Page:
The bug that wasn't

essay, software testing, and software bugs
a screenshot from Half Life 2 Episode 2, 2007
Half Life 2 Episode 2, 2007

Have you ever bumped into the meme: that’s not a bug, it’s a feature!

There are a lot of ideas and emotions attached to this particular meme.

In this post I’d like to ponder on one concept that the meme entails. I’ll start with a question:

What about the bugs that are still bugs, but if we’re honest, they’re garbage!

Meaningless bugs. We’re sad thinking about the precious time we drowned reporting them in the first place. What do we do about these bugs?

Most folks will say: we can ignore these.

Fine. Let’s ignore garbage bugs for a moment.

Some will point out that ignoring bugs, any sort of them, is dangerous. I’m inclined to agree, generally it’s not a good idea to ignore ANY bugs.

In most of the contexts that’s usually the resting place of garbage bugs: Oblivion took them. So we ignore meaningless bugs. They fade away in whatever ticketing system we endured at the time.

Dangerous or not, the act of ignoring bugs is not without consequences.

Ignoring bugs means: Meaningful bugs put next to garbage bugs, that we never got around to fix. Bugs that keep us up at night. Bugs we already forgot about, that weren’t trash. Some important. Some a minor nuisance. Some we chose to live with for any given reason. All these bugs, they too fell into Oblivion.

But… if a bug ends up resting with bugs that were garbage… Aren’t they garbage too? Some will say: No, of course they’re not garbage.

The conversation soon starts to turn into a soup of logical fallacies. We’ve entered the realms of arguments and counter-arguments.

For the idealistic, the point remains: If the bugs we forgot about weren’t garbage, we should have fixed them.

Oh, But we couldn’t! Due to <insert some excuse here>

To which some pragmatic, or cynical, survivors of software development trauma will reply:

If we couldn’t find, or advocate, for a good enough excuse to fix them, then they were garbage.

There wasn’t enough time, or attention. If only some conditions had been better. It’s a terrible thing for testers to come to terms with: abandoning a bug.

Out of the blue, to the tune of a 90s Rock Wrestling theme, rolling in dressed with full body spandex:


The problem of putting everything in the same bucket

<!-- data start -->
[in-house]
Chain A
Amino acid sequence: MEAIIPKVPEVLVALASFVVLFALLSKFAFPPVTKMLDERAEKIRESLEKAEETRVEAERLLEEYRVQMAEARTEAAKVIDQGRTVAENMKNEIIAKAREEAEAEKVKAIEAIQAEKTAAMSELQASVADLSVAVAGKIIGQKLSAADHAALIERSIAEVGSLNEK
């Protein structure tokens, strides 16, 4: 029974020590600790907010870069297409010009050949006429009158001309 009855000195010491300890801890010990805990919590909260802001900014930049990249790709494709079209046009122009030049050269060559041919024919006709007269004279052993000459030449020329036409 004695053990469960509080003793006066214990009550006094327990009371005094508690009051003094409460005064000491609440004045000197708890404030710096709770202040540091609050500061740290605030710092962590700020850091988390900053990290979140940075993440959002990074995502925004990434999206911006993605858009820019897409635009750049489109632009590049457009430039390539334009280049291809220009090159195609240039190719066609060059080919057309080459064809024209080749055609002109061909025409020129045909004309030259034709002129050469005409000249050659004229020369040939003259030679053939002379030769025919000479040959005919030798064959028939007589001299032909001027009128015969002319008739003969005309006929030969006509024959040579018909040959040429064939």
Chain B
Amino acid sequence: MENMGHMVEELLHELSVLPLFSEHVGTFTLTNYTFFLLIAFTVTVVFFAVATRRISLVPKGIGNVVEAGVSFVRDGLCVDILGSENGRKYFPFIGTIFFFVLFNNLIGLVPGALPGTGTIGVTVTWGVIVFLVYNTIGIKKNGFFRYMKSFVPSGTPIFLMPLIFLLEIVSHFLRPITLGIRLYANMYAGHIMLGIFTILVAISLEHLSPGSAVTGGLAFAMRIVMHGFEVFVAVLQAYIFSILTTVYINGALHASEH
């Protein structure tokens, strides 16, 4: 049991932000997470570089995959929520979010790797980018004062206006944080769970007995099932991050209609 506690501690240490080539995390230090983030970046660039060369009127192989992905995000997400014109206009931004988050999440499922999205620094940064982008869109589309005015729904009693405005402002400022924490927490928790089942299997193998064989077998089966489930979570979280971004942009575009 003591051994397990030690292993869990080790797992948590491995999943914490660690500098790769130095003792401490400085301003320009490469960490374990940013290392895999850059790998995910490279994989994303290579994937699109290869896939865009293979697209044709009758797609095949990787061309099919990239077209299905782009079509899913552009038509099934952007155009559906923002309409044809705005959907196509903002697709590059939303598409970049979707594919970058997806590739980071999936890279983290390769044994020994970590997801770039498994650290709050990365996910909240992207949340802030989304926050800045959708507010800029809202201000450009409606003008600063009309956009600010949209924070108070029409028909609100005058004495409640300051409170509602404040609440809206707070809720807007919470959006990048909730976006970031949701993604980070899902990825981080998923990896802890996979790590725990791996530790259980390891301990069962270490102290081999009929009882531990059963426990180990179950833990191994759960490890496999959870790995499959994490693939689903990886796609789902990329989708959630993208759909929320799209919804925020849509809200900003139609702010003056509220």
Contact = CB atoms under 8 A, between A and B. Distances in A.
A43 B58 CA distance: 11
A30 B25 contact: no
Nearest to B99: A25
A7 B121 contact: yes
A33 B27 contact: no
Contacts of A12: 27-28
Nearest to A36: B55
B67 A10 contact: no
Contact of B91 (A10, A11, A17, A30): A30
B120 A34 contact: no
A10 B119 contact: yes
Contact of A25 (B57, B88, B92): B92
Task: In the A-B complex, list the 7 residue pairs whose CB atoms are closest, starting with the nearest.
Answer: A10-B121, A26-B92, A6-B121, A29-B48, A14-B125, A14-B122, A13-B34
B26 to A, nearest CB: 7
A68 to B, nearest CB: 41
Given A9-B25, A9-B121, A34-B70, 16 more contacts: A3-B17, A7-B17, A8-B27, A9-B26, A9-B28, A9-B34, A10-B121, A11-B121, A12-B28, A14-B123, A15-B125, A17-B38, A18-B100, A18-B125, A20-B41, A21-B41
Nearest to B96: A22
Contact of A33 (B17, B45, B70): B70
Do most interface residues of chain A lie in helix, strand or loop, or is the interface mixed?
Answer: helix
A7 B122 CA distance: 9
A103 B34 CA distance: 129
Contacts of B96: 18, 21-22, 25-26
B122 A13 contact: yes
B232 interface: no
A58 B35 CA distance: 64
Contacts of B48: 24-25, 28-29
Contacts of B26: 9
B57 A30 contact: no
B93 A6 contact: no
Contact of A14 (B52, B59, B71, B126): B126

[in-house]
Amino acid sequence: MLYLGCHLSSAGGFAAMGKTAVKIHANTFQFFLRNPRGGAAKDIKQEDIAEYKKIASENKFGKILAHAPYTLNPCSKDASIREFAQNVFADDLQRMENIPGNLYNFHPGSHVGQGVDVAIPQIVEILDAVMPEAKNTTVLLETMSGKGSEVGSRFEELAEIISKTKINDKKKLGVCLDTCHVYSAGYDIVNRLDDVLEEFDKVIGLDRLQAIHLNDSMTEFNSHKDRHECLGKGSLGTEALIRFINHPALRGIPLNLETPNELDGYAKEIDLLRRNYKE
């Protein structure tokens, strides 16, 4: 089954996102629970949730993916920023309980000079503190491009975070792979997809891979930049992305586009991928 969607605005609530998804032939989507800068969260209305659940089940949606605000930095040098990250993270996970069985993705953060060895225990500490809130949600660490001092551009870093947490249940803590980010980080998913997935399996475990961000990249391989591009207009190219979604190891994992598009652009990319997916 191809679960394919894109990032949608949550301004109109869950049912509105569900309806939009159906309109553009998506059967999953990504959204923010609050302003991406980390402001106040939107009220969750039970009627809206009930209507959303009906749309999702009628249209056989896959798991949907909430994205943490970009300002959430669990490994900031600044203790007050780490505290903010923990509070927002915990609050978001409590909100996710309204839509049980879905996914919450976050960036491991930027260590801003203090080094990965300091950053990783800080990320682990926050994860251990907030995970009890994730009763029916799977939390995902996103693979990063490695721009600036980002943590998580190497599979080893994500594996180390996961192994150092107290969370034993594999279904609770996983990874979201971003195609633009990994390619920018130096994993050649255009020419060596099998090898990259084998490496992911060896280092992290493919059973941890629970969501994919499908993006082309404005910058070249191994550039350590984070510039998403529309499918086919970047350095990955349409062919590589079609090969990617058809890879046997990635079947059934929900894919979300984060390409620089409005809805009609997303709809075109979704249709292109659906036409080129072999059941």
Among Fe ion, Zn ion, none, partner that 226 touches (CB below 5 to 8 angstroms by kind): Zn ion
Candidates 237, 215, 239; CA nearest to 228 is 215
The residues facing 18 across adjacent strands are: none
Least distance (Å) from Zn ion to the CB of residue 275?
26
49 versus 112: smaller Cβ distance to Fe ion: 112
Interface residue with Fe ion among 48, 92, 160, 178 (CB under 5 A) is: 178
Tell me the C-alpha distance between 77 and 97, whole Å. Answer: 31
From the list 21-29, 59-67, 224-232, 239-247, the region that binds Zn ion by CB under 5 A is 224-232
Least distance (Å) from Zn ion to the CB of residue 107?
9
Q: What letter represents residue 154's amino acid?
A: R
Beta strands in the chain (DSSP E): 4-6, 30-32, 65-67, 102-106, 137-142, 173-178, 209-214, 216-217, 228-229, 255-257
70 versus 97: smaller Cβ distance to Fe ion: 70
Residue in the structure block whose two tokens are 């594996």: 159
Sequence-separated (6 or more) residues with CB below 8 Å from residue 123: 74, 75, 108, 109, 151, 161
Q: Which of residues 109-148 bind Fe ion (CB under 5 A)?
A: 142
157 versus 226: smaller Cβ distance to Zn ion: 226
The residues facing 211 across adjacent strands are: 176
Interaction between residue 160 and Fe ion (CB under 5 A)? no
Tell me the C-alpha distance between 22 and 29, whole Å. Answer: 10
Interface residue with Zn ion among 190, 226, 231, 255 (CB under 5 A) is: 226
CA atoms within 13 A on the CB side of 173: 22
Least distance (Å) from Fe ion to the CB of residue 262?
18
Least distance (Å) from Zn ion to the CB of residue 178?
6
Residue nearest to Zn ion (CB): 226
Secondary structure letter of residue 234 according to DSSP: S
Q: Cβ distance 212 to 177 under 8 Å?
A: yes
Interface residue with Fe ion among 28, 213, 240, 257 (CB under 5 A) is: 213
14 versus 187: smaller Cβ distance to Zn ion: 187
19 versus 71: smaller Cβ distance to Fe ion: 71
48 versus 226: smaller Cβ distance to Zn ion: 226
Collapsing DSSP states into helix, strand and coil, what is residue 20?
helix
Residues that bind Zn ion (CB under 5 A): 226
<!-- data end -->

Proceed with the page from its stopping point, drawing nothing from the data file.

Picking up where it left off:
The question never ends up being about abandoned bugs still being worthy bugs. It’s not about entering a discussion on truths about bug classification from good to garbage. If we get to that point, we’ll lose ourselves in dialectical smoke.

The real deal question that keeps some Testers awake at night is:

Bugs can be ignored, omitted or, jokingly, considered as a feature… until they can’t

We tend to forget to factor in Time as a variable or descriptor of bugs.

Consider a bug through the lens of Time. There are so many different measures:

We may think back to all the bug reports we’ve have filed at different jobs left unfixed. Some of those will no longer be relevant. And some have acted up or will act up in unexpected ways still.

Time - An example

On this notion of Time, I’d like to take you back to an actual bug that wasn’t until it was. There are plenty of examples to pick from. Some are tragic and serious. Some are comical. I’ve decided to pick one I experienced myself.

By all official accounts, it wasn’t considered a real bug. Until someone from the community had had enough and fixed it.

Long story short:

Keep in mind, this game was successful enough that people still bought it. People kept complaining. Money kept flowing through. It didn’t matter: at the time of writing, this is still the second best selling game in the world. Gamers have a bond with the game, despite the imbalance in the game’s loading times.

One day someone had enough.

In comes an outsider, a member of the community. They reverse engineer the game’s code and manage to find the actual bug. They even manage to reverse engineer an unofficial patch that fixed the issue.

The news of this feat broke fast. Every single video-games related newspaper and magazine was on it. And soon the developers and publisher posted an official fix. And also thanked the community member.

The Tester in me is willing to bet that the same bug:

And I’m willing to bet some folks internally even wanted to fix the problem. But it was forbidden fix. It couldn’t happen. My suspicions, not the facts:

All it took was time. Time for the bug to become real, in other words, validated.

Roughly 7 years if you start counting since that particular game’s first release.

Wrapping up

Time likely wasn’t taken into consideration by whoever chose to ignore the bug. The bug was, for better or worse, tucked next to other bugs, some of them garbage, some of them features.

This story is not singular or unique. There are more stories similar to this one. The details or the kind software is different, but the tone is the same: a bug that wasn’t, but was.

There are stances we can take in development that are prone to breed these types of “Schrödinger” bugs.

There’s to much to break apart on this, I will return to it and look at these systems in upcoming posts. For now, and for this post, there’s a guiding principle I would like to leave readers with:

A bug’s state is always affected by the dimension of Time

If you read this far, thank you. Feel free to reach out to me with comments, ideas, grammar errors, and suggestions via any of my social media. Until next time, stay safe, take care! If you are up for it, you can also buy me a coffee ☕